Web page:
1/2 Stars

★★ Detention Sentence

Simon Ward reviews How To Break Out Of A Detention Centre at the Riverside Studios

This is the world premiere of a piece whose themes and message arguably transcend the world of theatre and render any review meaningless. Performed in many languages by performers passionately and deeply engaged with the issues (Lizzie Clarke, Mihaela Drăgan, Zita Moldovan, Alaa Taha), the play is written by Sînziana Cojocărescu based on the testimonies of women affected, women held in British detention centres, whose stories are almost never told. It is unbearably harrowing to see the prison-like conditions they endure and the baffling, infuriating, labyrinthine bureaucracy to be navigated in a foreign language with insufficient translators. The apparently found recordings of people describing the detained women as caged animals is disturbingly believable. It calls out our own complicity as an audience, Too often we are passive and indifferent to this suffering which goes unnoticed. After all, we witness terrible things on the streets of London every day and do nothing. There is no shying away from the issue of white middle class guilt, and even the fetishizing of these women’s distress in the name of art. There is some leavening humour as well, as when the detainees manage to communicate with each other, in spite of the lack of a common language, using a shared enthusiasm for TikTok videos. Overall, it is an uncomfortable and unsettling evening, but not always for the right reasons.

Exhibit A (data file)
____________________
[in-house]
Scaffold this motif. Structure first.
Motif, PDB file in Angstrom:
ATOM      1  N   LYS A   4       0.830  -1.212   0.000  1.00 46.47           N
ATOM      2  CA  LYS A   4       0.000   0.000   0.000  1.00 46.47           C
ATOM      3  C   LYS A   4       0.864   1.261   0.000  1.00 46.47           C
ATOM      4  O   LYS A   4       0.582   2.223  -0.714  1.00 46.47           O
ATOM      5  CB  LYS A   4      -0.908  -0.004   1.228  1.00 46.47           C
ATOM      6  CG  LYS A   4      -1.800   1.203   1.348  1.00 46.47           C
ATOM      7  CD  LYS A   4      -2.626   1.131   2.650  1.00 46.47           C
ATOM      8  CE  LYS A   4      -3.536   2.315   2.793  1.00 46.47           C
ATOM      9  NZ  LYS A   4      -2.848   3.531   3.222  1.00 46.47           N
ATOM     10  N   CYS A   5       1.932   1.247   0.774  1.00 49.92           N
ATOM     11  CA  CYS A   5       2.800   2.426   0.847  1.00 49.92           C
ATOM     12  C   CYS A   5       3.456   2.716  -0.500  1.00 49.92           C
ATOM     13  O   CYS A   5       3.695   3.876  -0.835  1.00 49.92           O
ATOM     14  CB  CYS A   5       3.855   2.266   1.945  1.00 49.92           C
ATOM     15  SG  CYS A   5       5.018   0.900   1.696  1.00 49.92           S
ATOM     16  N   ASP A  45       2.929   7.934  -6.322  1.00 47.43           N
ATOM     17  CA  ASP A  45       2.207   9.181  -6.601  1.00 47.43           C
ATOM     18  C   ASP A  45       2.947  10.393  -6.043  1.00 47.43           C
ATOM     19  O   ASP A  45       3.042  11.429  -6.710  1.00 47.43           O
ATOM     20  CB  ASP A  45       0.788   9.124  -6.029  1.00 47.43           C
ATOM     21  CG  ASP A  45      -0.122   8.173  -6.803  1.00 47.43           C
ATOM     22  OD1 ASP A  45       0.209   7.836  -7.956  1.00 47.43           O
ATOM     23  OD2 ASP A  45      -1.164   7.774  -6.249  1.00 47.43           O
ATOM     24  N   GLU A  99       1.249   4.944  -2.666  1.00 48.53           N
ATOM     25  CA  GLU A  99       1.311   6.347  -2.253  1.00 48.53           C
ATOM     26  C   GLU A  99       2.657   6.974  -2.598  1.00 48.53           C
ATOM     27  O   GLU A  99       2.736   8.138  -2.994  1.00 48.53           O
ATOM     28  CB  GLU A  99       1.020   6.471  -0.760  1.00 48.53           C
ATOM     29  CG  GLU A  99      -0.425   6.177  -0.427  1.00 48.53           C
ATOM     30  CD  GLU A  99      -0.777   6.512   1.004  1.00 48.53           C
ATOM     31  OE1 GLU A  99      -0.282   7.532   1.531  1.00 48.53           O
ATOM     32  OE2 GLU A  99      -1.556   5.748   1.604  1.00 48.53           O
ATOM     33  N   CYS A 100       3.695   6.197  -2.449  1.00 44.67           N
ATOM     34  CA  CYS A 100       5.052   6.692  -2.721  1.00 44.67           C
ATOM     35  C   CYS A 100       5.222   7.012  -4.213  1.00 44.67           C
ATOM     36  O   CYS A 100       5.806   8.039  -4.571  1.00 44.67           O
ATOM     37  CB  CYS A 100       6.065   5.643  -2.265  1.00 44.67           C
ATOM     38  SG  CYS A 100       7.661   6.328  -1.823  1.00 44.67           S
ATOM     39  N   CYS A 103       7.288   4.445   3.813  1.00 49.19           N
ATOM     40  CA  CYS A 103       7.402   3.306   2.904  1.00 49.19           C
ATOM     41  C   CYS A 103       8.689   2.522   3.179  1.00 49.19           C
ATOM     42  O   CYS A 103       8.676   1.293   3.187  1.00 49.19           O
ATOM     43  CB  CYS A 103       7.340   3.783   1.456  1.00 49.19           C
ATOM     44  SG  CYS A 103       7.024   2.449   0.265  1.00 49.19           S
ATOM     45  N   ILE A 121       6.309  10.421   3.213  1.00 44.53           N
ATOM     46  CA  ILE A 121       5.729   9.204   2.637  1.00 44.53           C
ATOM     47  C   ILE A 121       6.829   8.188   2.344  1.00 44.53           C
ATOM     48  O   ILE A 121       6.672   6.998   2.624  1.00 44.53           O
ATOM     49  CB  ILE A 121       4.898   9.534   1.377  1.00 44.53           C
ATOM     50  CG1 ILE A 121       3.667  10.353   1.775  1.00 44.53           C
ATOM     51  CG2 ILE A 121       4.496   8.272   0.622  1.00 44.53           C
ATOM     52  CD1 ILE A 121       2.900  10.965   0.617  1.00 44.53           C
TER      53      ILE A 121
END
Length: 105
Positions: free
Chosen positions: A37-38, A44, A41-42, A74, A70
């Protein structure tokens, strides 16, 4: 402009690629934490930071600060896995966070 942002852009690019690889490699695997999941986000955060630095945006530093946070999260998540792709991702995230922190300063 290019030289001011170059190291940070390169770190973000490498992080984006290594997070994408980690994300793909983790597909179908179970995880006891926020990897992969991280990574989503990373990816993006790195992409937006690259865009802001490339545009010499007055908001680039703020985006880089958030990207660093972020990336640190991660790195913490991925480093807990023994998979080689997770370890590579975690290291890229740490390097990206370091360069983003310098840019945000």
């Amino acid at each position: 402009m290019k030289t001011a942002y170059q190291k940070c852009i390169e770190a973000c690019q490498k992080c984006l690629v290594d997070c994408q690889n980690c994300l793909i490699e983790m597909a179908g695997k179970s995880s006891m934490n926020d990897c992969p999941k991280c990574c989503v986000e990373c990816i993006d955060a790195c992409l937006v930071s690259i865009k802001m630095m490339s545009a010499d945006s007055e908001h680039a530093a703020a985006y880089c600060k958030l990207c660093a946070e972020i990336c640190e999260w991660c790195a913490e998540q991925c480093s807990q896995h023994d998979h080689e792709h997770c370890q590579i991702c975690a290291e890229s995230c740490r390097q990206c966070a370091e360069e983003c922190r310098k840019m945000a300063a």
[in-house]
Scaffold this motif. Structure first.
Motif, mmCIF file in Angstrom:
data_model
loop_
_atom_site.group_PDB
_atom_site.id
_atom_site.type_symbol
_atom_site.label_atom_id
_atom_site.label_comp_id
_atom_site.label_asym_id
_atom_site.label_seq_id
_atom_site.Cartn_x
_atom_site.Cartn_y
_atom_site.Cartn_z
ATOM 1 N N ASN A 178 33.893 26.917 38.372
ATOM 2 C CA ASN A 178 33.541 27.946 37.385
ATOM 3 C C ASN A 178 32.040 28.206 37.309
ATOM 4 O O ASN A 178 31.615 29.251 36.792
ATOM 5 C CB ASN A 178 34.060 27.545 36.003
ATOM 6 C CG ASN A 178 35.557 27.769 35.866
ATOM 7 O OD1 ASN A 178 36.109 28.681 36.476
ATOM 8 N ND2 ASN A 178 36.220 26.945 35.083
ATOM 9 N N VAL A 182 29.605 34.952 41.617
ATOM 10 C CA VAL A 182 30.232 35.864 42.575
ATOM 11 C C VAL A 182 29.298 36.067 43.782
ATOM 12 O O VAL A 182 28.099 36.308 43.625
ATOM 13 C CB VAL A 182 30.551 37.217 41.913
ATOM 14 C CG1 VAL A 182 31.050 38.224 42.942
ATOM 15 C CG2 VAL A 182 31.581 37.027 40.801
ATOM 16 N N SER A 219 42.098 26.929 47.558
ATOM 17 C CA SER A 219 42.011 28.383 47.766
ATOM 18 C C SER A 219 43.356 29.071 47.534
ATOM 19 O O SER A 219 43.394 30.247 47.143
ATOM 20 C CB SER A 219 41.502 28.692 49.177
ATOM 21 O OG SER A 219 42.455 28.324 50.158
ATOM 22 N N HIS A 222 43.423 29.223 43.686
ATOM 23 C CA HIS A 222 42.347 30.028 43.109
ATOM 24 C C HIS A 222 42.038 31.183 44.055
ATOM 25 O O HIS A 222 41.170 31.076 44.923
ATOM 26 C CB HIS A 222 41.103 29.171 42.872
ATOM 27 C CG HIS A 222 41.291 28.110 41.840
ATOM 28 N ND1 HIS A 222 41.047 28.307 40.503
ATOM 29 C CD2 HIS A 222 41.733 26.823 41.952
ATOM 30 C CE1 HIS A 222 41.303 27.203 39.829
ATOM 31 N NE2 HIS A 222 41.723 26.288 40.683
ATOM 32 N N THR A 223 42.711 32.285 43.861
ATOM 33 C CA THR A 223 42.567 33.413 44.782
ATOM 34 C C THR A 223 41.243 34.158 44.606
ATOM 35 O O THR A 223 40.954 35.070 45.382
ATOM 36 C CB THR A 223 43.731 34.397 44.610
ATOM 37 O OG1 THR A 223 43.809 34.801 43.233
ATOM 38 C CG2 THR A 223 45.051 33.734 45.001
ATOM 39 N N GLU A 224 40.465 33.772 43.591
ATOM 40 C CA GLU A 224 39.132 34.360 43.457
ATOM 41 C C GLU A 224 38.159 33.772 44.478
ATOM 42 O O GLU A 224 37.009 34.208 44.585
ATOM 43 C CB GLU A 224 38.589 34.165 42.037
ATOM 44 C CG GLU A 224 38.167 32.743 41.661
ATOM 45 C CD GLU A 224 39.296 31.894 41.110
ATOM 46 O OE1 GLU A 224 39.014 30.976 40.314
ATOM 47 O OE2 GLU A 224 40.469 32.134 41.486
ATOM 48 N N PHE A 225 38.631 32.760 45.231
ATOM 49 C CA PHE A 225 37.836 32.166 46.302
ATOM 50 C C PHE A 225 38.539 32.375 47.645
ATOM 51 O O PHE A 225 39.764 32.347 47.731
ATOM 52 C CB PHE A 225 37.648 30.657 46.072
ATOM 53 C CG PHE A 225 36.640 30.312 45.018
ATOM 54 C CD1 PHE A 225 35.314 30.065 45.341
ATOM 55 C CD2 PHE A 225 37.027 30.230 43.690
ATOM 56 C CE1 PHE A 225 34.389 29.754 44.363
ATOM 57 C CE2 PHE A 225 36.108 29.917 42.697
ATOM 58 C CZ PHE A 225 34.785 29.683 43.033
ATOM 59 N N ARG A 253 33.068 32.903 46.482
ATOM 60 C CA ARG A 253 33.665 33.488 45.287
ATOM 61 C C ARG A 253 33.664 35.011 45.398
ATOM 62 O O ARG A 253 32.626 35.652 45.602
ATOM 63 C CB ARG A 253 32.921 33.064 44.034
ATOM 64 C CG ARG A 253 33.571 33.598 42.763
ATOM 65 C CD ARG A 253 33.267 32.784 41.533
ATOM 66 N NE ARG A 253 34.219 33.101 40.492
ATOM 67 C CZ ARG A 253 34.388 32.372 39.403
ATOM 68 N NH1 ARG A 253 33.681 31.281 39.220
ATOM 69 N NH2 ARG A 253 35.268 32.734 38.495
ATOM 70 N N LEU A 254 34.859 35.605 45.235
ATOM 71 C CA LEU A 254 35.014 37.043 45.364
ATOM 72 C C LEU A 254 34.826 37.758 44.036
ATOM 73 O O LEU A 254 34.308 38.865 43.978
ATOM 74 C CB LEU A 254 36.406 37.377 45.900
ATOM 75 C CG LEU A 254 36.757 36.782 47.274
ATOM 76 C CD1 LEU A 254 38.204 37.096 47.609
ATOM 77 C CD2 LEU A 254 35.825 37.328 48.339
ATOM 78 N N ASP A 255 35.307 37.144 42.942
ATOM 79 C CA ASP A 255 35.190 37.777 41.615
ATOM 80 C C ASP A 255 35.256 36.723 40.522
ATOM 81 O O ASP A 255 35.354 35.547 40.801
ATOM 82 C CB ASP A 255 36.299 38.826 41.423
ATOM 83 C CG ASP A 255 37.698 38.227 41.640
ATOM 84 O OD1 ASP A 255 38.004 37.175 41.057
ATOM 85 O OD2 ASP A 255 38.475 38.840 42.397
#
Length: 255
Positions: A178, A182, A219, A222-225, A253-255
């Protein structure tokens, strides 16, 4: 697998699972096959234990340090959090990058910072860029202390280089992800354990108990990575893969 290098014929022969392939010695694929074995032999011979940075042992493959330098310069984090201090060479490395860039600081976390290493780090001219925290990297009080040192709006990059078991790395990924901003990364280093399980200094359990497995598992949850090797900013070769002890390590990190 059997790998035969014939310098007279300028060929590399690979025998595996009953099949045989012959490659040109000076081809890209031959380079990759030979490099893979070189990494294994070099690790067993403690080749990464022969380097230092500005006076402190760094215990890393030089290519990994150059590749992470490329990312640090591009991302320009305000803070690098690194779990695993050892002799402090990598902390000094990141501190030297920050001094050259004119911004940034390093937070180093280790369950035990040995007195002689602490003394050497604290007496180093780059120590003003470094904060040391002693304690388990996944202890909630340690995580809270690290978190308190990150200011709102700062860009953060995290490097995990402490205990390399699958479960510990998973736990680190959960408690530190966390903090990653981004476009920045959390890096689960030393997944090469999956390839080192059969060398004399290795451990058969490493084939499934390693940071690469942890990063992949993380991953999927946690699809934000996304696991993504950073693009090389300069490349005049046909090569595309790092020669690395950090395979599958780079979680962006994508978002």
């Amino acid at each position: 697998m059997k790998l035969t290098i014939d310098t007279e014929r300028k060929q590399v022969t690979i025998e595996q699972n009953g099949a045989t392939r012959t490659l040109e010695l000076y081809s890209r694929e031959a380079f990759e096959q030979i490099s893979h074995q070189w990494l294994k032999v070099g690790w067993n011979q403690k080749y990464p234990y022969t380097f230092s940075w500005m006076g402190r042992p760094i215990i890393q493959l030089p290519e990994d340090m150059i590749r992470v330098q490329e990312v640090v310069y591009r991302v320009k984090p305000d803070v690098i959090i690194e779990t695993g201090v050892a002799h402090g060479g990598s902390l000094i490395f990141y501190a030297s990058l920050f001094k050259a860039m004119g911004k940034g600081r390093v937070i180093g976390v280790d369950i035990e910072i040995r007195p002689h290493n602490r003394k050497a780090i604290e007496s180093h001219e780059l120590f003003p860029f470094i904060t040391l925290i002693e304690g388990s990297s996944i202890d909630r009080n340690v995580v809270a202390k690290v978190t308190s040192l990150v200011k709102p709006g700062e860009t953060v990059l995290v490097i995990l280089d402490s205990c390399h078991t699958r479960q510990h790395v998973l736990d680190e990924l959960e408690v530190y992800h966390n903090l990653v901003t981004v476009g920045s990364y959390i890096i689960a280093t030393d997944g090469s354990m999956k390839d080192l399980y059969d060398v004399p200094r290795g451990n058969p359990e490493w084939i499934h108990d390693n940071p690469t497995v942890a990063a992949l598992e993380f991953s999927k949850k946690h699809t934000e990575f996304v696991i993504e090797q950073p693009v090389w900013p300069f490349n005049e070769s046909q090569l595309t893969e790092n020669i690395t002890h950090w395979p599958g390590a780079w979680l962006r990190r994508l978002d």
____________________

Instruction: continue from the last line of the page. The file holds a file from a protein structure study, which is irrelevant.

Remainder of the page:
Photo credit – Héctor Manchego

If passionate conviction and intensity were enough, this review could end here. Unfortunately, however, the piece fails to cohere as drama. There are many striking images and ideas, and, indeed, a few moments where the work suggests it might take flight, but it never quite does. It does not transcend its component parts to become a satisfying whole.

As it is, there are too many disparate elements which do not quite come together. There are microphones at two corners of the stage, powerfully used in one scene to represent a beating heart and there is a large projected backdrop. This serves multiple purposes. When used for subtitles for the non-English dialogue it is essential but sometimes difficult to follow if one wants to see actor and translation at the same time. Quite effectively it is also used to display someone producing a child-like drawing of a house and family – at first idealised and pretty, but eventually, as the play progresses, consumed by angry flames, representing, perhaps, the dreams of home which these women have lost, or have left behind. The purpose of the severely bloodied young man’s head which appears intermittently is less obvious. It feels like a somewhat generic image of violence, and it is unclear how it relates to the rest of the piece.

Finally the backdrop is also used for footage filmed by the characters themselves, sometimes apparently representing CCTV, sometimes mobile phone or the aforementioned TikTok-style videos. Sadly, this equipment failed halfway through the performance I saw. On the whole I think that the same effects could have been achieved without this extra element, particularly in light of the risk of malfunction.

Photo credit – Héctor Manchego

The conclusion of the play is also rather confused – it appears that the detainees may engineer some sort of fire, perhaps one of them escapes, only to be subjected to similar interrogation and mistrust in the outside world.

There is enough material here and a strong enough cast to make a truly memorable and compelling play. I hope that they will continue to work on it as it is a story that needs to be told.

How To Break Out Of A Detention Centre runs at Riverside Studios, 101 Queen Caroline Street, London W6 9BN until 8th March.

Categories: 1/2 Stars, review

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